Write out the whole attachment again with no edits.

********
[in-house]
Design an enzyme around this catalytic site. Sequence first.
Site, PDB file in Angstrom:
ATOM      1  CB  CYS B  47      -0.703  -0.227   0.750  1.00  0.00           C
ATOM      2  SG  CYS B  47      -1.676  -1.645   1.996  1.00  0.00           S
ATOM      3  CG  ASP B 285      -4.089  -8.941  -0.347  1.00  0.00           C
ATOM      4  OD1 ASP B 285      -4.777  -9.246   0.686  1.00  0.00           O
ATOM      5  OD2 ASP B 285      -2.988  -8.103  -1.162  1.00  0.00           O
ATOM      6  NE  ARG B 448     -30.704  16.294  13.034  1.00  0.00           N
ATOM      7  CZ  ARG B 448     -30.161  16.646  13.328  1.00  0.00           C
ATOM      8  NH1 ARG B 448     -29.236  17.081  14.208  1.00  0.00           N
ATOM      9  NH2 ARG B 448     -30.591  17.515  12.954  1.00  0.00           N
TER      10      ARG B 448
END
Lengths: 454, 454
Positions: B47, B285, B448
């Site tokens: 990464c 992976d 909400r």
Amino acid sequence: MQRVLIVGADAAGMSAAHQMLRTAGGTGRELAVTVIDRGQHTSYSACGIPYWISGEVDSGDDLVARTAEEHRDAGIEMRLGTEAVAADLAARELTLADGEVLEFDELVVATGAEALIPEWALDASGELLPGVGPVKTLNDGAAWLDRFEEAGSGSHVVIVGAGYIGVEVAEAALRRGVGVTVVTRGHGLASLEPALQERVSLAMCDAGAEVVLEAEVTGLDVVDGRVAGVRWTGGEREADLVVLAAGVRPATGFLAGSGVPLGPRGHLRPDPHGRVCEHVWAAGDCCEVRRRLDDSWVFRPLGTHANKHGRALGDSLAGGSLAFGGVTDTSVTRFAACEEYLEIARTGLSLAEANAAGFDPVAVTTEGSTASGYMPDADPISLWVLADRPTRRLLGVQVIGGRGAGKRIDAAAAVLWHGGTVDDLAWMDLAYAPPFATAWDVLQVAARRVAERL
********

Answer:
[in-house]
Design an enzyme around this catalytic site. Sequence first.
Site, PDB file in Angstrom:
ATOM      1  CB  CYS B  47      -0.703  -0.227   0.750  1.00  0.00           C
ATOM      2  SG  CYS B  47      -1.676  -1.645   1.996  1.00  0.00           S
ATOM      3  CG  ASP B 285      -4.089  -8.941  -0.347  1.00  0.00           C
ATOM      4  OD1 ASP B 285      -4.777  -9.246   0.686  1.00  0.00           O
ATOM      5  OD2 ASP B 285      -2.988  -8.103  -1.162  1.00  0.00           O
ATOM      6  NE  ARG B 448     -30.704  16.294  13.034  1.00  0.00           N
ATOM      7  CZ  ARG B 448     -30.161  16.646  13.328  1.00  0.00           C
ATOM      8  NH1 ARG B 448     -29.236  17.081  14.208  1.00  0.00           N
ATOM      9  NH2 ARG B 448     -30.591  17.515  12.954  1.00  0.00           N
TER      10      ARG B 448
END
Lengths: 454, 454
Positions: B47, B285, B448
């Site tokens: 990464c 992976d 909400r």
Amino acid sequence: MQRVLIVGADAAGMSAAHQMLRTAGGTGRELAVTVIDRGQHTSYSACGIPYWISGEVDSGDDLVARTAEEHRDAGIEMRLGTEAVAADLAARELTLADGEVLEFDELVVATGAEALIPEWALDASGELLPGVGPVKTLNDGAAWLDRFEEAGSGSHVVIVGAGYIGVEVAEAALRRGVGVTVVTRGHGLASLEPALQERVSLAMCDAGAEVVLEAEVTGLDVVDGRVAGVRWTGGEREADLVVLAAGVRPATGFLAGSGVPLGPRGHLRPDPHGRVCEHVWAAGDCCEVRRRLDDSWVFRPLGTHANKHGRALGDSLAGGSLAFGGVTDTSVTRFAACEEYLEIARTGLSLAEANAAGFDPVAVTTEGSTASGYMPDADPISLWVLADRPTRRLLGVQVIGGRGAGKRIDAAAAVLWHGGTVDDLAWMDLAYAPPFATAWDVLQVAARRVAERL